The topic of this MIAPP program is dissipative processes in astrophysical plasmas that generate energetic particles and nonthermal emission. The most powerful sources of nonthermal emission are compact objects: neutron stars and black holes, which produce relativistic jets and energetic explosions. These objects involve physics at its extreme and continue to surprise us. Recent remarkable discoveries include observations of mergers of neutron stars, cosmological fast radio bursts (FRBs), and the first image of a supermassive black hole in nearby galaxy M87.
The ultimate energy source for compact objects is gravity. Typically, the released gravitational energy is first transformed into kinetic energy (a rotating accretion disk, a spinning neutron star, a relativistic jet) and also stored in a generated magnetic field. Then the energy is dissipated through processes that will be discussed at the program: shocks, electric discharge, magnetic reconnection, and turbulent cascades, energizing plasma particles. Dissipation of magnetic energy is particularly intriguing; it plays a key role in high-energy astrophysics and yet so far is poorly understood. The role of plasma instabilities is especially prominent in transient phenomena, and strong connections are emerging between plasma physics and time-domain astronomy, a quickly developing observational field. Plasma physics also plays an increasing role in multi-messenger astronomy where main targets are energetic compact objects capable of producing neutrinos, gravitational waves, and nonthermal radiation.
Current efforts to understand plasma behavior lay the foundations for the future of high-energy astrophysics, and the program will facilitate progress in this direction. The program will focus on numerical simulations and analytic models that shed light on plasma instabilities and dissipation mechanisms in high-energy phenomena, in particular in compact objects but also on large scales up to galaxy clusters. The program will bring together experts in different simulation methods and foster exchange of ideas. The methods include relativistic MHD simulations, kinetic plasma codes using particle-in-cell (PIC) or grid-based (Vlasov) techniques, and hybrid plasma simulations (fluid plasma + kinetic energetic particles). An important new direction is techniques to incorporate radiative processes and creation of electron-positron pairs in simulations of shocks and magnetic reconnection. This advance is essential for the studies of energy release around compact objects and high-power explosive phenomena, where radiative losses influence the plasma behavior.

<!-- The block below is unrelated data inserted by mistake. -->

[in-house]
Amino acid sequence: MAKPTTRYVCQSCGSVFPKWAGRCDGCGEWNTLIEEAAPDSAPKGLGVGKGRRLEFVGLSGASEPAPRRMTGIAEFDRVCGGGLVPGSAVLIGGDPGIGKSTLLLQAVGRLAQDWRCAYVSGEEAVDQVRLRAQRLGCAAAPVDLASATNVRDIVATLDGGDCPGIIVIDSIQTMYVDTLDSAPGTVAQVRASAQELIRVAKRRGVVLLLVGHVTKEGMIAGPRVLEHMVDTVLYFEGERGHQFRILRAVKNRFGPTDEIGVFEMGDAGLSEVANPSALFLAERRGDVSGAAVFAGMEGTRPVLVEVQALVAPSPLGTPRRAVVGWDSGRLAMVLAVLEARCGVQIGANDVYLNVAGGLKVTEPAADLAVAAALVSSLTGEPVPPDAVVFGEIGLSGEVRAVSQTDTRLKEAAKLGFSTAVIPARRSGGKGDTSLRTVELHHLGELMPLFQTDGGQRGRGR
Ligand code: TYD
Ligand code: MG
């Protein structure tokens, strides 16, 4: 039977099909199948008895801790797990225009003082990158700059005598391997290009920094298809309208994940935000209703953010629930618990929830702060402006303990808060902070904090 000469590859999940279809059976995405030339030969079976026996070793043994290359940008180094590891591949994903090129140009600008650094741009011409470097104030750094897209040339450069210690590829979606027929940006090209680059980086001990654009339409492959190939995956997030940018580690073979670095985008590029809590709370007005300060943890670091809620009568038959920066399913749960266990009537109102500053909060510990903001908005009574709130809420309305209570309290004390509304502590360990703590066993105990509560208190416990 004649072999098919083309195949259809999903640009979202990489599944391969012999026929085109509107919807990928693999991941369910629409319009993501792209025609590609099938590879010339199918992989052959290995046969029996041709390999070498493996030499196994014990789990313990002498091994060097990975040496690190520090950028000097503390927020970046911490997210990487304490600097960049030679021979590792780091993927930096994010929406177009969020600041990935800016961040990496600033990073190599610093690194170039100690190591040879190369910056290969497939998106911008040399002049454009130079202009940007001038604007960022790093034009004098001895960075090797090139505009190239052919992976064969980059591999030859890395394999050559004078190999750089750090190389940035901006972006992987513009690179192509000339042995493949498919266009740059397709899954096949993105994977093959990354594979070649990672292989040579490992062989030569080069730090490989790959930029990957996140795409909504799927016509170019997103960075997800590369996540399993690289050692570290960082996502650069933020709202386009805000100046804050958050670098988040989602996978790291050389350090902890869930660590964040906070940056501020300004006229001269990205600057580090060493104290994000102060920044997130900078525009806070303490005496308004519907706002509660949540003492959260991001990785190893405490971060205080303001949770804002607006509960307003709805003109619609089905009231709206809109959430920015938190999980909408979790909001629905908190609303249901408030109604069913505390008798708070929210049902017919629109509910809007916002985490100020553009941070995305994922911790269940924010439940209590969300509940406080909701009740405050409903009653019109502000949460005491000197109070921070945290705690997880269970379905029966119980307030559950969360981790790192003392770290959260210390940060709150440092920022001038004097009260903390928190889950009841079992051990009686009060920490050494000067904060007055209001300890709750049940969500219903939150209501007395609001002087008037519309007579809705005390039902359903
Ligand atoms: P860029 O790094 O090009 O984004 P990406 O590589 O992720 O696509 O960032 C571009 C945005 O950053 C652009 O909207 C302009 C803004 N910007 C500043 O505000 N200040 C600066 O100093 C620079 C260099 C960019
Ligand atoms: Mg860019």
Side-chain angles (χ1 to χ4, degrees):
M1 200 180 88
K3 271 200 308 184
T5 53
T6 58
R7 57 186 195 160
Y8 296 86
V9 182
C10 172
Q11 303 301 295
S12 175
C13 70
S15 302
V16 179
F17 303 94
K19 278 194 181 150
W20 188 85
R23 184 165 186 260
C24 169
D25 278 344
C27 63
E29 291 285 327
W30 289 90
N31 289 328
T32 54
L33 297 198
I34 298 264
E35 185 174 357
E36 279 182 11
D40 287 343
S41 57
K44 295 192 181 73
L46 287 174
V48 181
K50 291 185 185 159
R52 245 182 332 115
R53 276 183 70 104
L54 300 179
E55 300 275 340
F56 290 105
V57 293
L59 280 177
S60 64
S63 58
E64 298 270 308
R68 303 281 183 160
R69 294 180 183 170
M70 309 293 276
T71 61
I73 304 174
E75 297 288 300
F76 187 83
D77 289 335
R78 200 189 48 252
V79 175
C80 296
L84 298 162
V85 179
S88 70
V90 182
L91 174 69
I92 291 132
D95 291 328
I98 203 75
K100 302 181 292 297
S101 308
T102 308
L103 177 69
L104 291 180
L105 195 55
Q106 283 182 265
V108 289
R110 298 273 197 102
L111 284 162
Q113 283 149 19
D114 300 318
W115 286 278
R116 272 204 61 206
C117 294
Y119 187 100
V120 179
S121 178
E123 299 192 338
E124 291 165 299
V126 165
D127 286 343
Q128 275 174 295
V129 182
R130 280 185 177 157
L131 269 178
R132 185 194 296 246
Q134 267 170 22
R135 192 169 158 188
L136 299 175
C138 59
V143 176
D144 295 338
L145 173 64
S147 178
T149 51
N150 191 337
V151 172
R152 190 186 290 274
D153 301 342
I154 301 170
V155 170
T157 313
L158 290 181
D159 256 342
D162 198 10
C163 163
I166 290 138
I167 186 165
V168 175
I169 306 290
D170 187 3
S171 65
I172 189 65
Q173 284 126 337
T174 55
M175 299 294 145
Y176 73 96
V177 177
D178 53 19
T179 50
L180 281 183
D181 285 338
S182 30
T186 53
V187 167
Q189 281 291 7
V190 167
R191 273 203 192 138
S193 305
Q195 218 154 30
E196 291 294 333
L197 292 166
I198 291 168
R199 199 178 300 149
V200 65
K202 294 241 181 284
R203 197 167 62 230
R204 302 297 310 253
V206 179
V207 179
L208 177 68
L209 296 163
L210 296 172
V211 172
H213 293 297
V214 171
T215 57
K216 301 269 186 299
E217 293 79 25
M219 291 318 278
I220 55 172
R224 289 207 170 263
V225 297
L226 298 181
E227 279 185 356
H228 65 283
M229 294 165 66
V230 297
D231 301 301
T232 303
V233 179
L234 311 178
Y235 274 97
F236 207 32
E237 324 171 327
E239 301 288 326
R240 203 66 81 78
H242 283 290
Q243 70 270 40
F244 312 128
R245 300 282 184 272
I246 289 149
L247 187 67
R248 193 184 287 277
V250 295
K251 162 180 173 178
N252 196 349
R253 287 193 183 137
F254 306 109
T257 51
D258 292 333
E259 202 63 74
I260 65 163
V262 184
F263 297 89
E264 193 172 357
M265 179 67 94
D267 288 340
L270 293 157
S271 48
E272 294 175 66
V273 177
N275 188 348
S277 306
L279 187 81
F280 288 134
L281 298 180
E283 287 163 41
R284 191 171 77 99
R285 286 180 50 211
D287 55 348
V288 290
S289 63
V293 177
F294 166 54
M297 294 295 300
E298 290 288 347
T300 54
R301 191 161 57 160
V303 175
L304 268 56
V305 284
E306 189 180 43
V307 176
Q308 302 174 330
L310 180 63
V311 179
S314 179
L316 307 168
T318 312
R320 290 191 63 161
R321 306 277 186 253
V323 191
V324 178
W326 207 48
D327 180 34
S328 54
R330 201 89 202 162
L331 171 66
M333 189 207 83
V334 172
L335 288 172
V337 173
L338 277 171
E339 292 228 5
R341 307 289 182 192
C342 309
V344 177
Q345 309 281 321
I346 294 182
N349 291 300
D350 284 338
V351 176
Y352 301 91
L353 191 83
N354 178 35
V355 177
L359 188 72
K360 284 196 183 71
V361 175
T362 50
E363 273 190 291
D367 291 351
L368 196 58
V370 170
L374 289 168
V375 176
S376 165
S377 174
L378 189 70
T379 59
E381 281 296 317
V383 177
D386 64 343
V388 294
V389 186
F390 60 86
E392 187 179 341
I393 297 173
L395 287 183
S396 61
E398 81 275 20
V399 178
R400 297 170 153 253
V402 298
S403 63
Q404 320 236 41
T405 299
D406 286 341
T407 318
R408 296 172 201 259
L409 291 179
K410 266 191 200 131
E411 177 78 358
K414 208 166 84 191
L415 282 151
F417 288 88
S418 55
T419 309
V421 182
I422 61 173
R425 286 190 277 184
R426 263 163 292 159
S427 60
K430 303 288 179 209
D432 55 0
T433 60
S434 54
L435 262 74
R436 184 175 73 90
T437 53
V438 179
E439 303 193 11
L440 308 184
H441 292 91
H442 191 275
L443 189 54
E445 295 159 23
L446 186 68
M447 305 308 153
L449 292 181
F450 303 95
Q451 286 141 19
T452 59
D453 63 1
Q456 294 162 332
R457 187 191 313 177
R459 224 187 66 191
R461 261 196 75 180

During the last week of the program we will organize a topical workshop on "Extreme Plasma Astrophysics'' to highlight the progress and open questions. During the other 3 weeks the program will run one seminar per day and reserve plenty of time for discussions.